Sunday, Aug 07, 2022
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Review

Behind The Buddha's Mask

A forceful, compelling account of the history of India's nuclear programme and policy

Behind The Buddha's Mask
Behind The Buddha's Mask
outlookindia.com
-0001-11-30T00:00:00+05:53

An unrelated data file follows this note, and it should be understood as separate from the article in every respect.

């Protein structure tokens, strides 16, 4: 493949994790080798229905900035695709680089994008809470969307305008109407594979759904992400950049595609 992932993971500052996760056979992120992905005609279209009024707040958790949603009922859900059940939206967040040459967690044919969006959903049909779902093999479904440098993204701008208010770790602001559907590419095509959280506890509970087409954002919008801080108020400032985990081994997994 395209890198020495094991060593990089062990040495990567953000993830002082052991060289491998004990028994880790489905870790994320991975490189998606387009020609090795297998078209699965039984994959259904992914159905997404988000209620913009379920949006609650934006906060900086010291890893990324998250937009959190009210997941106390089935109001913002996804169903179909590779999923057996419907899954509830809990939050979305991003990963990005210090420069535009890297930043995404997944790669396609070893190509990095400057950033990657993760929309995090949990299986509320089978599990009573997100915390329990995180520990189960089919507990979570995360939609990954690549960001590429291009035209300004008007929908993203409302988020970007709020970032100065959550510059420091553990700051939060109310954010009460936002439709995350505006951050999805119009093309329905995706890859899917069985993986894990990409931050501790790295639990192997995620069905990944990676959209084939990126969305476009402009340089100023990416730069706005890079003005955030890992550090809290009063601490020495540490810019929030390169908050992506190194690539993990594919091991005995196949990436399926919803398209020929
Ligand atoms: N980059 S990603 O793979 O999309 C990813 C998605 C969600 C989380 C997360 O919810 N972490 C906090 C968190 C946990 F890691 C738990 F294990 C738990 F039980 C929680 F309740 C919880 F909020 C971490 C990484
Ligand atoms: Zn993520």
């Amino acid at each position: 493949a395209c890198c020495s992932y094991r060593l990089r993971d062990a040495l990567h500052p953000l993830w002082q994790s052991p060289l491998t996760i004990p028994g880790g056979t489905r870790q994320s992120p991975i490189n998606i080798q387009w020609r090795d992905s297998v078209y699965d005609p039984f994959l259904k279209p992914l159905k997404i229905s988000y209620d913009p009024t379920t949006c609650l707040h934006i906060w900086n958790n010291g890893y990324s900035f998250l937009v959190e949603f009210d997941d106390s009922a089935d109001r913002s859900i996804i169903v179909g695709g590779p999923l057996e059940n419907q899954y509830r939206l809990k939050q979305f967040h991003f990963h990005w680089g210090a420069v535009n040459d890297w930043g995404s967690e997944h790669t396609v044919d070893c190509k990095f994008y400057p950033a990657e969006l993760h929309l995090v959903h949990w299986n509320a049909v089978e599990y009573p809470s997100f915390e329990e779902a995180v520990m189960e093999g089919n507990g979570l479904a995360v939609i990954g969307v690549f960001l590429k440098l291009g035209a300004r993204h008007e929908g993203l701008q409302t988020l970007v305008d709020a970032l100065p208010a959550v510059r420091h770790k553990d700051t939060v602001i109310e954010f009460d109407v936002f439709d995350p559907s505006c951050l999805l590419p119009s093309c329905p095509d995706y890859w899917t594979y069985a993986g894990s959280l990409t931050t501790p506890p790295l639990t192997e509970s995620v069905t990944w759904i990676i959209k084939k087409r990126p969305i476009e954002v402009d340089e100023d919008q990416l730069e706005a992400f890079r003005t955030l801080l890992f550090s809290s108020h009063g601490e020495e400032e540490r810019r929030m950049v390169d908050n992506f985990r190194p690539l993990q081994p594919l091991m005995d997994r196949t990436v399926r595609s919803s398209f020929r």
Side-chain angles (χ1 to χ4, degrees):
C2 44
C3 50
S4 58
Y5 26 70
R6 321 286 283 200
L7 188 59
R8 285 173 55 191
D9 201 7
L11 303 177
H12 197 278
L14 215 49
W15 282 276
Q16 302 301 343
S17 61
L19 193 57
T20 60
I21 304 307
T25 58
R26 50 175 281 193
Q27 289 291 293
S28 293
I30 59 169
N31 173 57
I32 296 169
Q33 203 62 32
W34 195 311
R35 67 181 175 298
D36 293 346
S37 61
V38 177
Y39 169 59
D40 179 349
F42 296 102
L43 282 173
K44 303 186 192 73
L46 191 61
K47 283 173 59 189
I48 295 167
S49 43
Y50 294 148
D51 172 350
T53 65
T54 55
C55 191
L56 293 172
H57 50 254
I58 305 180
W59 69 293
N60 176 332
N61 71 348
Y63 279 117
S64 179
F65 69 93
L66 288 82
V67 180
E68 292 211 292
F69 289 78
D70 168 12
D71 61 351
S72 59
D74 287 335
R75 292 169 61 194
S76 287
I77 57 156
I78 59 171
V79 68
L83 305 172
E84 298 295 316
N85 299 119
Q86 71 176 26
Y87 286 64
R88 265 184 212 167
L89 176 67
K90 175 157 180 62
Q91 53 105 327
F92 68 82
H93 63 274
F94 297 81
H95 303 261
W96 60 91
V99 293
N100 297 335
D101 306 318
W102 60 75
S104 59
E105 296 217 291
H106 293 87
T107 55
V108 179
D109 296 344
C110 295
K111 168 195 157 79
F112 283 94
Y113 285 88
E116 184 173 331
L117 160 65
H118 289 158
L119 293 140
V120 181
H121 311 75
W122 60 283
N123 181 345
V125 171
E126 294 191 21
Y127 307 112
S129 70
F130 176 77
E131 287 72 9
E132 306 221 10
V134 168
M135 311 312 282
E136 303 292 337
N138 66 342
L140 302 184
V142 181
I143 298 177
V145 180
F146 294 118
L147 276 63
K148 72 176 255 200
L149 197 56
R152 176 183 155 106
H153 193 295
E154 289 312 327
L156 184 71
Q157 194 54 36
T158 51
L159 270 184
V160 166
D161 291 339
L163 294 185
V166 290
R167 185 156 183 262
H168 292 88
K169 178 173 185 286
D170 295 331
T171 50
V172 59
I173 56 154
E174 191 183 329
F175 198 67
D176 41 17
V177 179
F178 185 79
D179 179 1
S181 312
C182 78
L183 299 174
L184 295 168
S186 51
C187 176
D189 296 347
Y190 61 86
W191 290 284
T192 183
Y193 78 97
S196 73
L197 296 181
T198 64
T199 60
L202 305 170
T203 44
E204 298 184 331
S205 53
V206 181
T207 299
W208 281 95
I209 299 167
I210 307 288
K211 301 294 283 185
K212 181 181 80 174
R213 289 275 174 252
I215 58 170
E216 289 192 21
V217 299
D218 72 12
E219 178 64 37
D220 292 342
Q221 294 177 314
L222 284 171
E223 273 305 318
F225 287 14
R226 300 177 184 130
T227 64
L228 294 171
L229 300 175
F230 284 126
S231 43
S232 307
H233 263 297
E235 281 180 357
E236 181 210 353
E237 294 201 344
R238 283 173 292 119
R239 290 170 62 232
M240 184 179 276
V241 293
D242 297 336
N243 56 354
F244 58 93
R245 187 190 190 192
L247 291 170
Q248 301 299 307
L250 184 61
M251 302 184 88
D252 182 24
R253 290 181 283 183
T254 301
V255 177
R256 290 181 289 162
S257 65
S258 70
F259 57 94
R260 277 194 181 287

India's Nuclear Bomb reinforces the thesis that there is a greater deal of continuity to India's present nuclear policy than is usually imagined. In other words, India's nuclear weapons programme and policy must not be seen as the product of the BJP's right-wing agenda, but is rooted in a process that goes back to that usually unassailable champion of disarmament, Jawaharlal Nehru. Perkovich ably documents Nehru's contradictory statements which revealed, at the very least, that he recognised the potential security benefits of India's civilian nuclear programme even while New Delhi led the cause of nuclear elimination in multilateral fora. While Shastri and Indira Gandhi's inputs into India's nuclear programme are well known, Perkovich reveals with rare insight the role played by Rajiv Gandhi and V.P. Singh in furthering weaponisation. In 1985, Gandhi and in 1990, Singh set up secret committees on the nuclear issue. The 1985 committee, which included General Sundarji, Vice Admiral K.K. Nayyar and the Atomic Energy Commission's R. Chidambaram recommended that India build a minimum deterrent force, "guided by a strict doctrine of no-first-use and dedicated only to retaliating against a nuclear attack on India". A doctrine not very different from the one drafted by the National Security Advisory Board last year. And in 1990, a committee which included Sundarji, K. Subrahmanyam, Arun Singh and representatives from the AEC and DRDO developed plans to "ensuring that in the event of a nuclear attack on India, the government would continue to function and be able to deliver nuclear retaliation". Among its conclusions, the group called for "designating air force units to receive nuclear devices and deliver them according to previously prepared orders".

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